These are good people with good hearts; they work hard, and enjoy life. Just because they have no experience, it doesn’t mean they are stupid, they are just a bunch of blissfully ignorant hicks. Ignorant has many negative connotations associated with it but it really shouldn’t. The term “blissfully ignorant”, is a term that I really like, and sometimes prefer to be. Blissfully ignorant can be a great thing. When you gain knowledge and become aware of an unknown, it can cause you great consternation. As an example; I recently attended a high level briefing from the Center for Disease Control about H5N1 (Asian or Bird Flu) and now I have an in-depth knowledge of the origins, how it is transferred, how it mutates, and the likelihood of human-to-human transmission and what little is required in order for a pandemic to develop. While I am an optimist and believe/hope that the pandemic doesn’t transpire, the truth is I was much happier not knowing this information and wish that I had not attended the damn briefing. My point is that most people in rural Alabama where I grew up live in a cocoon of sorts, and prefer “not to know”. They live simple happy, basic lives, similar in nature to the rural Isaan stories so often written about on this site.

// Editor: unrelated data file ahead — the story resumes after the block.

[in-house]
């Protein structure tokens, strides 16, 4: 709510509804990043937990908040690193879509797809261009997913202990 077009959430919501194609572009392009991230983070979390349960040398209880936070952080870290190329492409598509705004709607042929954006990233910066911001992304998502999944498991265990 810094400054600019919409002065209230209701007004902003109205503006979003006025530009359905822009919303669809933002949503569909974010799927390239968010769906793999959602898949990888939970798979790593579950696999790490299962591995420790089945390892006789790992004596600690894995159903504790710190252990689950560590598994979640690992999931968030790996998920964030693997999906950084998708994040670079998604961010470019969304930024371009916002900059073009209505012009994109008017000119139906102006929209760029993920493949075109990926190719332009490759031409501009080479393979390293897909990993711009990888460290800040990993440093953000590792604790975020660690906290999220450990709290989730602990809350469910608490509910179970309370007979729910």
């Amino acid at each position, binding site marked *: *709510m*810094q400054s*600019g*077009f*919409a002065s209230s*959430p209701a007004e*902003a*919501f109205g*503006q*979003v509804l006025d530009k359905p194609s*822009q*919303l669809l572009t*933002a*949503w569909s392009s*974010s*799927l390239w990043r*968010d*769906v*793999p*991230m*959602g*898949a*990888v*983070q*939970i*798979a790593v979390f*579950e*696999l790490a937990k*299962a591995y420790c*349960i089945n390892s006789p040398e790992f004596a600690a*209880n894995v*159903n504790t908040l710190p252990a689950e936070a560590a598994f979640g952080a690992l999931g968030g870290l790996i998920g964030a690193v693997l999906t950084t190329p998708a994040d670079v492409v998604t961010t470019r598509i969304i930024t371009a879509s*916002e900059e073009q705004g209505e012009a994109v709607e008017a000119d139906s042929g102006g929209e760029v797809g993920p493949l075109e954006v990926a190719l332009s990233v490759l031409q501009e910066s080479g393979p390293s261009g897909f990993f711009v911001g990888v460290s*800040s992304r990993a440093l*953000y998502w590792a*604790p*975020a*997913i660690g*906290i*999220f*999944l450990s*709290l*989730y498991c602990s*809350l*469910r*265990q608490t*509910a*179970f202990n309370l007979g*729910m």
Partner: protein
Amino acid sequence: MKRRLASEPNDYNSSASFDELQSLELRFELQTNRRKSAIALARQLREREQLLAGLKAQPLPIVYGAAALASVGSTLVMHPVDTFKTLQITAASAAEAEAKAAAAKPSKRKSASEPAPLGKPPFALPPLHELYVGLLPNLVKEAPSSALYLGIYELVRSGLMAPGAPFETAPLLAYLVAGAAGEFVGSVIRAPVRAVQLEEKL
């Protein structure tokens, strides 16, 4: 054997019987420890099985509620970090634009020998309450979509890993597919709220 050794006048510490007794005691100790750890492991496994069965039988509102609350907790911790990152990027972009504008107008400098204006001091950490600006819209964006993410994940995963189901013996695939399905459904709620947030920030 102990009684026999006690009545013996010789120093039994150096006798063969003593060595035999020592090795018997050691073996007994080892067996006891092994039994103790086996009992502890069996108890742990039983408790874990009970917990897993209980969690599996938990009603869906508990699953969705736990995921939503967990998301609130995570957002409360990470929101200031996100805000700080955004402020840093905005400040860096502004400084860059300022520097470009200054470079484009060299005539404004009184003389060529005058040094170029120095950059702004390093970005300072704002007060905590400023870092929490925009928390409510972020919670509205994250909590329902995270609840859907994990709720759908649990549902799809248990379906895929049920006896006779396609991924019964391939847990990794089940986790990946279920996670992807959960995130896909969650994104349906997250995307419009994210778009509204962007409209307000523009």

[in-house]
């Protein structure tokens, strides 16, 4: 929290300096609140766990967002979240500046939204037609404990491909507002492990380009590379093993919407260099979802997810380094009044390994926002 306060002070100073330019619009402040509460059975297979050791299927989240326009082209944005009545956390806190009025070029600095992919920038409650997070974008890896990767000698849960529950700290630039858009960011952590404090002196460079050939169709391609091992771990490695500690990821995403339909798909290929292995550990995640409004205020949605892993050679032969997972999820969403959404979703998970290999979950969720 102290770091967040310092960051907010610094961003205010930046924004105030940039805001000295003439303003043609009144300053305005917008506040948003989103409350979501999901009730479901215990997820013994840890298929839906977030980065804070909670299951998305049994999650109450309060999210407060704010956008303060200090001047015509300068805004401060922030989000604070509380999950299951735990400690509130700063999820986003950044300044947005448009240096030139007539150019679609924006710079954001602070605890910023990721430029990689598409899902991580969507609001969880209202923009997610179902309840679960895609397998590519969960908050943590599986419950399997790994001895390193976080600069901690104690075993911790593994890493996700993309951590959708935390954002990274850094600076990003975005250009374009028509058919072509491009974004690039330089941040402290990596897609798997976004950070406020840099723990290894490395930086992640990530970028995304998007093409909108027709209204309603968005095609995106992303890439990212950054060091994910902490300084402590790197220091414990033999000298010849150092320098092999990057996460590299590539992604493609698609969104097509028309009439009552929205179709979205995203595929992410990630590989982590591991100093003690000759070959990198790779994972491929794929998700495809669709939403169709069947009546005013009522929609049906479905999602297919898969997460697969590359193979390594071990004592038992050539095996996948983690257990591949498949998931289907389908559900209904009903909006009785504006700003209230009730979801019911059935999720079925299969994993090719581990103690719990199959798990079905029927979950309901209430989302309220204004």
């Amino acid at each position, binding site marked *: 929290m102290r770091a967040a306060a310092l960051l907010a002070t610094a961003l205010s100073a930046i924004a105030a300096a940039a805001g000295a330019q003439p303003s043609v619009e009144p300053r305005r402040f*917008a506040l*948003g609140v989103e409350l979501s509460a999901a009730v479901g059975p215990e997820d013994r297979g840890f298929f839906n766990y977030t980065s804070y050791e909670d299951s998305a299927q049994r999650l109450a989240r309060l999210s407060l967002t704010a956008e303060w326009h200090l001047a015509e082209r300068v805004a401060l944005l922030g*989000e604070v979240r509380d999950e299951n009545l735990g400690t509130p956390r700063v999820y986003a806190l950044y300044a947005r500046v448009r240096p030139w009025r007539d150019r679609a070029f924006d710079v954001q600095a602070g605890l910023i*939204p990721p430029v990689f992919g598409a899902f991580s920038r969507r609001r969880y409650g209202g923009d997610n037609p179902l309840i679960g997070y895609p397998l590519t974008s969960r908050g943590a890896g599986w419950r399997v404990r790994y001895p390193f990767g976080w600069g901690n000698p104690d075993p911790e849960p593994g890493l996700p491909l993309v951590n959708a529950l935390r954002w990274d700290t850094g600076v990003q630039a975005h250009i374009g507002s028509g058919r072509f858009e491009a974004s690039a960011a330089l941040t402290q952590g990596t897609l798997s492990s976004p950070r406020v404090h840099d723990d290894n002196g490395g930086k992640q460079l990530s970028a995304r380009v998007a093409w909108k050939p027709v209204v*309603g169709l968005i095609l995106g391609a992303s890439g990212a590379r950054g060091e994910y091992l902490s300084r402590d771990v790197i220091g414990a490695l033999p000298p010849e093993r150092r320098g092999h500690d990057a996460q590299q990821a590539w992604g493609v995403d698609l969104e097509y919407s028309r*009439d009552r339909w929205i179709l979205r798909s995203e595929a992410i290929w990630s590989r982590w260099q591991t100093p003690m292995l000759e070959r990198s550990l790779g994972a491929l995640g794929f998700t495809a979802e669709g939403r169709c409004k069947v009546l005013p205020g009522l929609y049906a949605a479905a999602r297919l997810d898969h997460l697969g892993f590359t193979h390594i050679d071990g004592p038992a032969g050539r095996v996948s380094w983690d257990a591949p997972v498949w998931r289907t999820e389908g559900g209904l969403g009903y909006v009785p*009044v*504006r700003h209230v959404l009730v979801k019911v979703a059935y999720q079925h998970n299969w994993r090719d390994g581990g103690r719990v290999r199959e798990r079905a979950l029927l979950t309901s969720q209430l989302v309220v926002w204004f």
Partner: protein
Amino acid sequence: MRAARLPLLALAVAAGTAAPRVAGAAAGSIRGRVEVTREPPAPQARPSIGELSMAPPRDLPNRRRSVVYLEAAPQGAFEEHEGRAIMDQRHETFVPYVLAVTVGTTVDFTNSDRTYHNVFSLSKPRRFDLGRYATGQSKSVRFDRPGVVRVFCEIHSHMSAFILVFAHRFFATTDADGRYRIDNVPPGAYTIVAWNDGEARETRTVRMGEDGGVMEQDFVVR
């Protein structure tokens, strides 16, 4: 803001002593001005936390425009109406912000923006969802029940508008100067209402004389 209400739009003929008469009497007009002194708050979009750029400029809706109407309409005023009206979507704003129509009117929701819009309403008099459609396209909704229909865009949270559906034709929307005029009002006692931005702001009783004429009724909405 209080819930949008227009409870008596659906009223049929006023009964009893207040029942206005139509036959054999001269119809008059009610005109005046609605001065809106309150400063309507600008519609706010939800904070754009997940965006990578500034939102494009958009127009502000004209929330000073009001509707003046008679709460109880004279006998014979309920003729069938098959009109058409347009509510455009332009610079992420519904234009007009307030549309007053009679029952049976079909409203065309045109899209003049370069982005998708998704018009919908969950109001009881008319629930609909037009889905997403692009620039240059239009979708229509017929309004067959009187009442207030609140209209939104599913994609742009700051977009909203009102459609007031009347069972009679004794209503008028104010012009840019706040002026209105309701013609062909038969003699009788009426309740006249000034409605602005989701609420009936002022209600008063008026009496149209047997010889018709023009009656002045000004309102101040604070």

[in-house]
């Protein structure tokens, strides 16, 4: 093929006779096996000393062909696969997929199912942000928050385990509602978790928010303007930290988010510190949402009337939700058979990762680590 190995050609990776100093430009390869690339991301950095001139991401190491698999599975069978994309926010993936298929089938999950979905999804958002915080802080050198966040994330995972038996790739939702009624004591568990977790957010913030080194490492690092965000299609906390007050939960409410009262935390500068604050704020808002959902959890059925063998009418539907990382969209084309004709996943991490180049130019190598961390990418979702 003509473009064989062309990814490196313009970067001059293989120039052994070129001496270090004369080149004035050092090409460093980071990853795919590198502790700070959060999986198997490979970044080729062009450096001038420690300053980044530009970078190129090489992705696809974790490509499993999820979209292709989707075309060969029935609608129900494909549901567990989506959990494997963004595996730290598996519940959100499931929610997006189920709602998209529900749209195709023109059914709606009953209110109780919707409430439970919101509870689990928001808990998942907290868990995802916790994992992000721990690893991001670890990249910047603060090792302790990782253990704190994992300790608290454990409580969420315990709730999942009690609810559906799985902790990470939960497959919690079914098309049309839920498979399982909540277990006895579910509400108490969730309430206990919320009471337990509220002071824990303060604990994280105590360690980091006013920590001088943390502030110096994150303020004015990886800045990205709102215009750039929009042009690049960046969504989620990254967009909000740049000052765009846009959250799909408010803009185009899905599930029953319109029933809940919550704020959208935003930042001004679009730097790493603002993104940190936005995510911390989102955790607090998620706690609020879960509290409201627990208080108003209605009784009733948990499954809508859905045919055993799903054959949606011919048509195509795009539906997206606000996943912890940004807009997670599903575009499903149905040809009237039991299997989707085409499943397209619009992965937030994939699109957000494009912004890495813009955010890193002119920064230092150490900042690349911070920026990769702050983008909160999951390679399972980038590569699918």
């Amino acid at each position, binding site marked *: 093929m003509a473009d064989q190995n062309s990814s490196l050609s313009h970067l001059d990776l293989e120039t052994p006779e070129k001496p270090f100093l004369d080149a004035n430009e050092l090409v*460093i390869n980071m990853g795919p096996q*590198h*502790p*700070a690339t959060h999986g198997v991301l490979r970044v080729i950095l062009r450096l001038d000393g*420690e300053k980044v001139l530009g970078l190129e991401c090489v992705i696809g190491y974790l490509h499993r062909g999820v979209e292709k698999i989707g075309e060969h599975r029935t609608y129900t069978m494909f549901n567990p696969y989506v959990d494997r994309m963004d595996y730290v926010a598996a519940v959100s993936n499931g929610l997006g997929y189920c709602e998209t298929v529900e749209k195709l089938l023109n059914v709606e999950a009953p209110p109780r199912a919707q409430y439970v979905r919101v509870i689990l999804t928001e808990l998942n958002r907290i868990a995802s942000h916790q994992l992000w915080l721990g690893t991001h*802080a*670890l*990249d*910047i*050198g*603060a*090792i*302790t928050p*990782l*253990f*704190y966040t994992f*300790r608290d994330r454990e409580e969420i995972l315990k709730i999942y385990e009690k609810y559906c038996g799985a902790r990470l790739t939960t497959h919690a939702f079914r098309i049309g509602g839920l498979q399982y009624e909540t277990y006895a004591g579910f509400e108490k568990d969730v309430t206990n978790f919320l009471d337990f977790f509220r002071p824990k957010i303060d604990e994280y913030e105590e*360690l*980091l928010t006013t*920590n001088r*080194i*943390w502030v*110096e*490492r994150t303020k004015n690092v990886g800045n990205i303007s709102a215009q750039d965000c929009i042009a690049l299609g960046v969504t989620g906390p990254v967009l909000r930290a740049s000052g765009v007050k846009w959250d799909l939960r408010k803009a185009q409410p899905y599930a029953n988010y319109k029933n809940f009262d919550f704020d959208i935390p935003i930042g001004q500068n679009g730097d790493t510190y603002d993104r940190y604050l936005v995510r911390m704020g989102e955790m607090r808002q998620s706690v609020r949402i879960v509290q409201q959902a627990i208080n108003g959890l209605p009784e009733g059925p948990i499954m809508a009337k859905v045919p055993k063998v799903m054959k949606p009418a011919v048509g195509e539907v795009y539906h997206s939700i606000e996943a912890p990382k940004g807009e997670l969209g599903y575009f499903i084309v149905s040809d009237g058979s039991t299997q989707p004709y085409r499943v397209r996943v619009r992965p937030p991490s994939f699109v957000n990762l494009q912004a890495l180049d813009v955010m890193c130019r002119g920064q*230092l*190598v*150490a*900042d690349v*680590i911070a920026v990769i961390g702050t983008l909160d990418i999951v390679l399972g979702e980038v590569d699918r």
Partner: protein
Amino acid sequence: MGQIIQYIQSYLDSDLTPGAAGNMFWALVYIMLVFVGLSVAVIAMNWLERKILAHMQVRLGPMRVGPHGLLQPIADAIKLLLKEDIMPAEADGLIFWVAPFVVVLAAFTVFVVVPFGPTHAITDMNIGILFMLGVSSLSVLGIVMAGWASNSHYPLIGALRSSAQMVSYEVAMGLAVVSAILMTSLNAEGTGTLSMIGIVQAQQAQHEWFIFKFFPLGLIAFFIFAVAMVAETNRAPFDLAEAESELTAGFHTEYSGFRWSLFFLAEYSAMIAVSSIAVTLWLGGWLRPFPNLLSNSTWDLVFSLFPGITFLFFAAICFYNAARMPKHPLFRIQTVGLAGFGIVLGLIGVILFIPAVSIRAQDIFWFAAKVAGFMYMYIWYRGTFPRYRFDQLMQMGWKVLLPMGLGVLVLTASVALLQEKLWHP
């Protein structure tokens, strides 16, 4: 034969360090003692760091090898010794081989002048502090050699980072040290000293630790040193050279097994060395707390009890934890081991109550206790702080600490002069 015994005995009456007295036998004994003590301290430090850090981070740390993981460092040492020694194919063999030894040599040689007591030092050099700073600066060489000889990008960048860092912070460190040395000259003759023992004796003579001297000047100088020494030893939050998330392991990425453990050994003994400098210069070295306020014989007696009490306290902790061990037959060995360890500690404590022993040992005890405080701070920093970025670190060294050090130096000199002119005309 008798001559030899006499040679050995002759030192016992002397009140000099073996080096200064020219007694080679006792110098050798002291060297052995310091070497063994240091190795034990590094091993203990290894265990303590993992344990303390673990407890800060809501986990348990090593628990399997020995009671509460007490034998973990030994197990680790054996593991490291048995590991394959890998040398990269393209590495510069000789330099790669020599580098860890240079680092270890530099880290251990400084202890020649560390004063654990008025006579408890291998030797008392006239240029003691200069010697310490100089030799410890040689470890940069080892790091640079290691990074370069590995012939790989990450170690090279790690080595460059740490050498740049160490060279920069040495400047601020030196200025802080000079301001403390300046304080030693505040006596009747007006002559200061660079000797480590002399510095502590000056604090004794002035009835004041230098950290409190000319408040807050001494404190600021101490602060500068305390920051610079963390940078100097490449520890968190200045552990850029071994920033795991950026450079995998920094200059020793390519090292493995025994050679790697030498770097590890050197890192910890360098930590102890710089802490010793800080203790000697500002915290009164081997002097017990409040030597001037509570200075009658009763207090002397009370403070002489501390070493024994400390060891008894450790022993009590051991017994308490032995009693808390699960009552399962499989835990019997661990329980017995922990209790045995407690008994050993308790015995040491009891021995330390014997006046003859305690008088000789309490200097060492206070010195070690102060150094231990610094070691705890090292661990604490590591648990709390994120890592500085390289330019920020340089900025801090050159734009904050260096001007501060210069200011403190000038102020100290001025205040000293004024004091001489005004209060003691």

Arguably, I currently live in one of the best places on earth. Honolulu has fantastic weather, food, culture, golf courses, activities, overall health and life expectancy is the highest for any U.S. State and it is a great place to raise children etc… I could remain here and have a good life. Additionally, I could move to many other places (wonderful places) and have a good life there too, but human nature being what it is, I am drawn back to the place where I grew up. Of course, it won’t be the same as when I grew up; Thomas Wolfe said it best when he wrote “You can’t go home again” but all of my family and the in-law family is there, and after being gone for twenty-three years it will be nice to be with family during the holidays again.